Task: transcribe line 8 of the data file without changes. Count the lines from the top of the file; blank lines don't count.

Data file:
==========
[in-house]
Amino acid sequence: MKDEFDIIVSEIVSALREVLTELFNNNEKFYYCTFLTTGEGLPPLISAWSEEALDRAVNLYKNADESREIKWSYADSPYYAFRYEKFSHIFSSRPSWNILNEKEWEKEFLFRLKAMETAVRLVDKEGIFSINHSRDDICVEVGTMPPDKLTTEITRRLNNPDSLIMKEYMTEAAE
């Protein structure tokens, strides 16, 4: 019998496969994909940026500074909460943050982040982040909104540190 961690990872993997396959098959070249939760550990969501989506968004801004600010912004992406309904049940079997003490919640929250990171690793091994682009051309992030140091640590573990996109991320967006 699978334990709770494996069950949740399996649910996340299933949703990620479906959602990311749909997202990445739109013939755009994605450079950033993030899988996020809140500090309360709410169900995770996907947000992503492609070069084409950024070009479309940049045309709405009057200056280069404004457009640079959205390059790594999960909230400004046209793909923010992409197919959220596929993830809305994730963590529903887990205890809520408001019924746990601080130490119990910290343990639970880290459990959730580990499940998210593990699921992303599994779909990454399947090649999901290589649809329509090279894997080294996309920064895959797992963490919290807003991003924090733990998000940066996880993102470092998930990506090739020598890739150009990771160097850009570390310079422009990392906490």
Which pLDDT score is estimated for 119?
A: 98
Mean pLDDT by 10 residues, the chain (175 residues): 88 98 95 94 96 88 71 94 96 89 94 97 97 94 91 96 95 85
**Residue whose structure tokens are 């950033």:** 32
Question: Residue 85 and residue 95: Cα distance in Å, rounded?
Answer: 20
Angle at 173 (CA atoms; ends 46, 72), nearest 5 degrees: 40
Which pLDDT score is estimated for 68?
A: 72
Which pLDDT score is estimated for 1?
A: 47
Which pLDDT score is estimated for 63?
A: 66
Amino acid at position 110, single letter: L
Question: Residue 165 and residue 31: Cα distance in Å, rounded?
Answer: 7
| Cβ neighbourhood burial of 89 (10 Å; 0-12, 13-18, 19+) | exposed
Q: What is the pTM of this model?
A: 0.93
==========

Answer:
Question: Residue 85 and residue 95: Cα distance in Å, rounded?